Rupture typically occurs 48 to 72 h after injuries in cases diagnosed as delayed splenic rupture . However, Jen et al.  described four cases of delayed splenic rupture that occurred 4 to 20 days post-injury. Davis et al.  reviewed cases of delayed splenic bleeding and found that they occurred 2 to 28 days post-injury. In our case, splenic rupture occurred 72 h post-injury, during the patient’s hospital stay. Some cases occur after discharge from the hospital. It is very important to educate the family of a child with a splenic injury about the warning signs of delayed rupture or bleeding [3, 7]. Patients with symptoms of increased pain, pallor, dizziness, vomiting, and worsening shoulder pain must be returned to the hospital .
Treatment options of delayed splenic rupture and bleeding include splenectomy, splenorrhaphy, splenic artery embolization (SAE), and observation. Twenty cases of delayed splenic rupture and bleeding were reported [4, 5, 7, 8]. Eighteen patients underwent splenectomy or splenorrhaphy. SAE was performed in one case and observation in the other. Although we performed emergency splenectomy, SAE might be considered for hemodynamically stable patients to preserve the splenic function so as to avoid postsplenectomy sepsis.
The mechanism of delayed splenic rupture in our case was considered to be the result of a tear in the subcapsular hematoma caused by stretching of the splenocolic ligament. The patient started complaining about abdominal and shoulder pain suddenly after defecation, which led us to suspect that the bowel movement had caused the splenocolic ligament to stretch at the splenic flexure. Also, defecation might cause rising of intra-abdominal pressure that could induce a rupture of the hematoma. There have also been a few reports of splenic rupture as a complication of colonoscopy . One of the reported mechanisms underlying such complications is stretching of the splenocolic ligament during colonoscopy, which can lead to avulsion or tearing of the spleen. This mechanism of delayed splenic rupture is considered to be rare and unpredictable. However, other reports describe cases of delayed splenic rupture caused by laceration of a perisplenic hematoma stretched by distending the stomach after eating a heavy meal .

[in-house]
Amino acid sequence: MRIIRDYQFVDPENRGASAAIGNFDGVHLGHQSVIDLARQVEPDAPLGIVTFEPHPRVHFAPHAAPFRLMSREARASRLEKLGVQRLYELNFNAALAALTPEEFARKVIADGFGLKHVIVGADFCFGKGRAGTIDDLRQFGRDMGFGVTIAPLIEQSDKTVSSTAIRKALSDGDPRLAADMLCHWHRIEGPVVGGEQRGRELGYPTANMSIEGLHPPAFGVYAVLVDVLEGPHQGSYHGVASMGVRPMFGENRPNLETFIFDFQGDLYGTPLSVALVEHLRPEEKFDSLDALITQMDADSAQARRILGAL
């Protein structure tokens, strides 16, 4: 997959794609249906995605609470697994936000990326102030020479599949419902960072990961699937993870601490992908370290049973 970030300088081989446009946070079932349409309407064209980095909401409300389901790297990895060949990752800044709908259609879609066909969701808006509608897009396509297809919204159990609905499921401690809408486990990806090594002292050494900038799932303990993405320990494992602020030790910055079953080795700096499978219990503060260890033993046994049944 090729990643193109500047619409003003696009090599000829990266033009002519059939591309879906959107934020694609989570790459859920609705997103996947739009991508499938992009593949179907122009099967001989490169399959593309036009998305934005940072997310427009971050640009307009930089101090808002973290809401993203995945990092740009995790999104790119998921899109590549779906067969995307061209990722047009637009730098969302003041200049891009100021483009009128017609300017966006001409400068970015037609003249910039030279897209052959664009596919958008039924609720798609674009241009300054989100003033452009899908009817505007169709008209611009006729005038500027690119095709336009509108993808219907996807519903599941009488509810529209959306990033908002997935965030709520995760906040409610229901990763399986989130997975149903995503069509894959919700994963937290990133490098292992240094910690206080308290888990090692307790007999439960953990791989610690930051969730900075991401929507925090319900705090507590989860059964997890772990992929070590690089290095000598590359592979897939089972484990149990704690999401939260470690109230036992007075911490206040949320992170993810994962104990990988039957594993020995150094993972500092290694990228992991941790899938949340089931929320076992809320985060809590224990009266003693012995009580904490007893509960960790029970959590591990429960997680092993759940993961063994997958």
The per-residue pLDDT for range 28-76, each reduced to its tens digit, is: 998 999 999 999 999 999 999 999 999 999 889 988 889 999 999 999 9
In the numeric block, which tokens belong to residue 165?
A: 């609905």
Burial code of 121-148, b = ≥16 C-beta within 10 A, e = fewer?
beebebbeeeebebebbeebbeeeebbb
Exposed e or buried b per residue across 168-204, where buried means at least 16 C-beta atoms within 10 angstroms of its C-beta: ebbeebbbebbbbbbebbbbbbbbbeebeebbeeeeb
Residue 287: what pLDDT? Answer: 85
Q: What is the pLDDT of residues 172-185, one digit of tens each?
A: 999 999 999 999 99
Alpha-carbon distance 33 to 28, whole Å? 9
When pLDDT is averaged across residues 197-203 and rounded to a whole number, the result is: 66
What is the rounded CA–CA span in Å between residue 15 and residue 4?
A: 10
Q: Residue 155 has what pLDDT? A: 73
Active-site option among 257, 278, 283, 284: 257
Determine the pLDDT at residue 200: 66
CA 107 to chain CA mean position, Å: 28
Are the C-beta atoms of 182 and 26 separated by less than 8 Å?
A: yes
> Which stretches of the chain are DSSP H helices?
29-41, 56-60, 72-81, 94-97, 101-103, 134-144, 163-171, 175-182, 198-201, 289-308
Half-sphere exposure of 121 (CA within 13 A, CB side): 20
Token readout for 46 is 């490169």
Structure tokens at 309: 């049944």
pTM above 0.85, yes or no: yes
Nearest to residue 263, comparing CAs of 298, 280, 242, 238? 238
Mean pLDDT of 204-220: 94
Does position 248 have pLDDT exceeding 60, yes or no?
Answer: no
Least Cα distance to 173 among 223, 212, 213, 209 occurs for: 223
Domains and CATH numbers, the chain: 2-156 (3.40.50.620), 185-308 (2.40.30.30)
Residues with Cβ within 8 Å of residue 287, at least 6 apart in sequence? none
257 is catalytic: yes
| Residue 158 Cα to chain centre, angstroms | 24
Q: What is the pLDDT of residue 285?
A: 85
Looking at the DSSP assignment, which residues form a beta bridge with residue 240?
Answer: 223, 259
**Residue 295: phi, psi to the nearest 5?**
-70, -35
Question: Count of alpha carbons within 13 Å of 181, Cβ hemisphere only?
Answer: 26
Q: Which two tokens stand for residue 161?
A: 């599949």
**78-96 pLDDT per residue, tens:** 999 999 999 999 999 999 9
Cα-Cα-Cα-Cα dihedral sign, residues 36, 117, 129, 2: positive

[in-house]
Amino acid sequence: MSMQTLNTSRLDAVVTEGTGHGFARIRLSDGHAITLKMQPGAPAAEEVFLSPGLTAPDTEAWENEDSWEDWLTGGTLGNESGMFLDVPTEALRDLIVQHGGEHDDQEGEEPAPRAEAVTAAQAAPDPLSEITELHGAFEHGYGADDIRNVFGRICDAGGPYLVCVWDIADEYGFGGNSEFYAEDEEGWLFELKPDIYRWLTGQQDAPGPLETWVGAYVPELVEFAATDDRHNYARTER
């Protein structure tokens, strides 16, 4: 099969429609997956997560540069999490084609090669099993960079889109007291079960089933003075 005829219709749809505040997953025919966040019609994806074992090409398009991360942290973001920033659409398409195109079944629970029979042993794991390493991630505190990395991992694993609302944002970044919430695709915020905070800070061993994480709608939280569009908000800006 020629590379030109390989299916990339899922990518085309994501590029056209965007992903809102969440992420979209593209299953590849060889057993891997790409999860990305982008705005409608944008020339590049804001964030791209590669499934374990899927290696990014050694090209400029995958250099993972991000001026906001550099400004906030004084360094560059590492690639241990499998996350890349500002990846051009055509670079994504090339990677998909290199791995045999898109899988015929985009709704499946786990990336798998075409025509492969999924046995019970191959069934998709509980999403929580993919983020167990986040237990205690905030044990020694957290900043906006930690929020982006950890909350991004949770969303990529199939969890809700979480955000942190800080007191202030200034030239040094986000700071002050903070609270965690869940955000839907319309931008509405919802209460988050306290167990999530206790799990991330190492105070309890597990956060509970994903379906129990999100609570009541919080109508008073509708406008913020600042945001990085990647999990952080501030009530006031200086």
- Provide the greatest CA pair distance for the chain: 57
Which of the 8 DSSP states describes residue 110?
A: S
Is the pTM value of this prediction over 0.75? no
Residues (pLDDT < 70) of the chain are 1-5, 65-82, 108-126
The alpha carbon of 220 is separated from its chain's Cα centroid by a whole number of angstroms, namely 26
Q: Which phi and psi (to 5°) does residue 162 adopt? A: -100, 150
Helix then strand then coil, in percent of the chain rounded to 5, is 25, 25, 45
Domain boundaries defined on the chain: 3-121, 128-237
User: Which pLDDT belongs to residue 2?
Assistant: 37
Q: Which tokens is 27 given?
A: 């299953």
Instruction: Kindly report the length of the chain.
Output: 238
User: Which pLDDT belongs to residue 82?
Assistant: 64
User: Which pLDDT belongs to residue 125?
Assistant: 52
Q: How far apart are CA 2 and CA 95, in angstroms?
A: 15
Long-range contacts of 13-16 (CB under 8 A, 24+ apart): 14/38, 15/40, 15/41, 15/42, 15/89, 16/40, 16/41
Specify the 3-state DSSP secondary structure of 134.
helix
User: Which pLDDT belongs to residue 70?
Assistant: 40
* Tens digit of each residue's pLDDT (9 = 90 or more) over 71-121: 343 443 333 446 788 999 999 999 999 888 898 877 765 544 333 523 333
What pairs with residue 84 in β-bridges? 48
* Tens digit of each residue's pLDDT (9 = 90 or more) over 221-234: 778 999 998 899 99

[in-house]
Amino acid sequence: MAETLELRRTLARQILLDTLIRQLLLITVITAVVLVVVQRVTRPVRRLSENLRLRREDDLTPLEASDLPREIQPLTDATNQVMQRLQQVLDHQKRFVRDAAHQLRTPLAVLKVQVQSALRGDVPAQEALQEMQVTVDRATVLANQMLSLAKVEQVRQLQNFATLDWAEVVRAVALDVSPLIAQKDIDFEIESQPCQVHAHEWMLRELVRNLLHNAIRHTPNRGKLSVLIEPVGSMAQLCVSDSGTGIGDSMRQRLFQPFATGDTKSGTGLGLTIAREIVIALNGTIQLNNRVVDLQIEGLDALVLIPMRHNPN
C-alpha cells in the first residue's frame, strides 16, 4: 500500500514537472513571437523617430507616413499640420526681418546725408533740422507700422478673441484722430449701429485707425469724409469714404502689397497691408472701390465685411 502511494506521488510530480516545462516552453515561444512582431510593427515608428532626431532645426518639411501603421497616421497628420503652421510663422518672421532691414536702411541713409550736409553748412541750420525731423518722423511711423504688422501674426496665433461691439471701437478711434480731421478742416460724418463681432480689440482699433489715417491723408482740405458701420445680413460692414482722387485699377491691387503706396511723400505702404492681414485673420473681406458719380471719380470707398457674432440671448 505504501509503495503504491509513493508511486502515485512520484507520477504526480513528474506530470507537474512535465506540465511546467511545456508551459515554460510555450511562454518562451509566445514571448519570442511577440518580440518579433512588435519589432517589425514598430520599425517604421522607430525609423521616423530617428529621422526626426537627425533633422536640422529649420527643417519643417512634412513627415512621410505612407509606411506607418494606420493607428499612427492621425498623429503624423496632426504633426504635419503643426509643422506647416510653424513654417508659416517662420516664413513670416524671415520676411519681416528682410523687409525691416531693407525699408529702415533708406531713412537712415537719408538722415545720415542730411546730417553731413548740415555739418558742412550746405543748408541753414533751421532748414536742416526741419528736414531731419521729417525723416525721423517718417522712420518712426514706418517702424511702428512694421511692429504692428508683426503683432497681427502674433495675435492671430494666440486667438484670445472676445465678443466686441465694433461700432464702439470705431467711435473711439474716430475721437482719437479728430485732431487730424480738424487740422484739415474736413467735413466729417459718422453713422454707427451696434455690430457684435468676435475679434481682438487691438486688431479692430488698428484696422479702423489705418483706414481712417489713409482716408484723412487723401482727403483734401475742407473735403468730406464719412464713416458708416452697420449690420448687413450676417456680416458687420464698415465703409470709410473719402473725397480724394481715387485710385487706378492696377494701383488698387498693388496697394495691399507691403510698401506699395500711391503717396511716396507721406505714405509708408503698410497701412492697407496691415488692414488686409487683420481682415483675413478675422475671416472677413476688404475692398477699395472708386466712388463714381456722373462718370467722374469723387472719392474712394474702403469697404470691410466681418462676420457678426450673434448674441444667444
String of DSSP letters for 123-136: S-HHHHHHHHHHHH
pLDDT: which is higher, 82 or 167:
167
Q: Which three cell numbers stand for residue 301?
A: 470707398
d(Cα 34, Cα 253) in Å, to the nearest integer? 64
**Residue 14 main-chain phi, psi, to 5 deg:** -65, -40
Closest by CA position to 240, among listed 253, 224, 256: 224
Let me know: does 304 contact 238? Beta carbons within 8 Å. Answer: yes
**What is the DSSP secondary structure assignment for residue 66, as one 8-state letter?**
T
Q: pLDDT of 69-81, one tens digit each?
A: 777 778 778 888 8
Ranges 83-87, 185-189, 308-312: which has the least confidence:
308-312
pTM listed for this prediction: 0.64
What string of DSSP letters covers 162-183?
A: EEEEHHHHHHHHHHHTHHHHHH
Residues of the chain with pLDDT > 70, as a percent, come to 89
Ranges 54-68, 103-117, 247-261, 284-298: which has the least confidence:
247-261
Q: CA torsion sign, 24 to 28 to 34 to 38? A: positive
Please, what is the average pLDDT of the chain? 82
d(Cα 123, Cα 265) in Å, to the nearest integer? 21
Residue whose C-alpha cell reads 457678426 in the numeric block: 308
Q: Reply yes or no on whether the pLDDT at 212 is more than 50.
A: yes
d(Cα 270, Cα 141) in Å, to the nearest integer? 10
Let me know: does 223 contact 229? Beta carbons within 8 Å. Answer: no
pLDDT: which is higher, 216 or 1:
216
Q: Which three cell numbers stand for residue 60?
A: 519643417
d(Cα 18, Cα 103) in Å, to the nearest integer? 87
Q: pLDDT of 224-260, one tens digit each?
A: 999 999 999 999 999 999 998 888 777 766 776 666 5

Given our understanding of the mechanisms involved in delayed splenic rupture, we strongly recommend careful observation of patients after beginning oral intake. It is very important to understand that gastrointestinal peristalsis can cause delayed splenic rupture.
We herein report a rare case of delayed splenic rupture in a pediatric patient undergoing NOM of blunt splenic injury. Stretching of the splenocolic ligament during bowel peristalsis can cause tears in a subcapsular hematoma. It is very important to provide information to the family regarding the symptoms and signs of delayed splenic rupture or bleeding.
American Association for the Surgery of Trauma
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Shinkai, T., Ono, K., Masumoto, K. et al. A rare mechanism of delayed splenic rupture following the nonoperative management of blunt splenic injury in a child. surg case rep 4, 75 (2018). https://doi.org/10.1186/s40792-018-0477-5
- Blunt splenic injury
- Nonoperative management
- Delayed splenic rupture